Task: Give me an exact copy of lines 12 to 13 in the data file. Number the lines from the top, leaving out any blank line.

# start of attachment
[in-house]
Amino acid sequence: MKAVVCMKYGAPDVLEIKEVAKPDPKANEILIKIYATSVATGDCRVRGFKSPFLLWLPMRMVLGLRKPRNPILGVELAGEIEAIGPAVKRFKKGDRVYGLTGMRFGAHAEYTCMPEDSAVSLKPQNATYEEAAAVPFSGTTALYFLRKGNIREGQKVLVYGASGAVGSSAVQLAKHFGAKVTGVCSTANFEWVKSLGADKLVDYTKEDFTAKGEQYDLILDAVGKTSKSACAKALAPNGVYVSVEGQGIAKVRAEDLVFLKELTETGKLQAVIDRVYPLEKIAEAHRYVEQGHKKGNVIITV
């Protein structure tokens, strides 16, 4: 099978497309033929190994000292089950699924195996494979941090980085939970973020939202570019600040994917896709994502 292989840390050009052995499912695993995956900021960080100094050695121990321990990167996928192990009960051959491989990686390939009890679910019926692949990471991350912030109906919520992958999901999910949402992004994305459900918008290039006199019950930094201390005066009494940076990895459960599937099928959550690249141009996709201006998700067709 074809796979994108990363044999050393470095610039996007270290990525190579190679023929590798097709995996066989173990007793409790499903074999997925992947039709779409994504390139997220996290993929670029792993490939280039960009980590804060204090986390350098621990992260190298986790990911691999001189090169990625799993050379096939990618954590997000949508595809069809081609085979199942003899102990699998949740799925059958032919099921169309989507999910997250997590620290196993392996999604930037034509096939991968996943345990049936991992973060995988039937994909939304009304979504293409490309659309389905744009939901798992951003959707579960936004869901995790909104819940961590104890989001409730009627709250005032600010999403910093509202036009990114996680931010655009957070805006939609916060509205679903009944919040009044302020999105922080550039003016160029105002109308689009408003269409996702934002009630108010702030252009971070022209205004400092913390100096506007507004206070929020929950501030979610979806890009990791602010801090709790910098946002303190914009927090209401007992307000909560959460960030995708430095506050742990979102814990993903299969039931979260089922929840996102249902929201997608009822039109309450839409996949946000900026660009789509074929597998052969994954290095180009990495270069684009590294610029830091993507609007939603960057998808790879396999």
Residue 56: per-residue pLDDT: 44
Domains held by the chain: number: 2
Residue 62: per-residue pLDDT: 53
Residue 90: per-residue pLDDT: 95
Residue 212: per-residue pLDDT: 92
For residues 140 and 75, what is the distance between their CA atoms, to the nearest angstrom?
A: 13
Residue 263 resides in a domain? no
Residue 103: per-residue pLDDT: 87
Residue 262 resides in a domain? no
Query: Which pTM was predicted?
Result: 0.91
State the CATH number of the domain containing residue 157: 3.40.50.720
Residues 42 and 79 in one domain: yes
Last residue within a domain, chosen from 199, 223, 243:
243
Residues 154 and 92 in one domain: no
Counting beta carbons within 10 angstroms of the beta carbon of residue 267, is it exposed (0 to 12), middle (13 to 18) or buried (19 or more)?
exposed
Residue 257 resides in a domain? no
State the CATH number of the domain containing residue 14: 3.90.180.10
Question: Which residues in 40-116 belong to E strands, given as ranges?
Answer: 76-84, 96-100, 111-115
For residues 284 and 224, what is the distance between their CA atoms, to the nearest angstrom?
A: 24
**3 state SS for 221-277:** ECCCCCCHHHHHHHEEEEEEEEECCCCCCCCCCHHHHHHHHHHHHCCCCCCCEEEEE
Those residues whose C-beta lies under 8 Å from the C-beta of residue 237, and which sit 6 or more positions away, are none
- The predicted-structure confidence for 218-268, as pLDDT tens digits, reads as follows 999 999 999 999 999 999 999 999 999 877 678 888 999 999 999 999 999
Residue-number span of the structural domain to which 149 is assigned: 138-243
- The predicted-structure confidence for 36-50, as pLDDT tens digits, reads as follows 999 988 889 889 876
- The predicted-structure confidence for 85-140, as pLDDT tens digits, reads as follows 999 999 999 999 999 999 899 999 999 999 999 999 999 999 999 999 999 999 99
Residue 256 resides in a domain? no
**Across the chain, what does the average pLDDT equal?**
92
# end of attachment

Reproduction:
Residue 103: per-residue pLDDT: 87
Residue 262 resides in a domain? no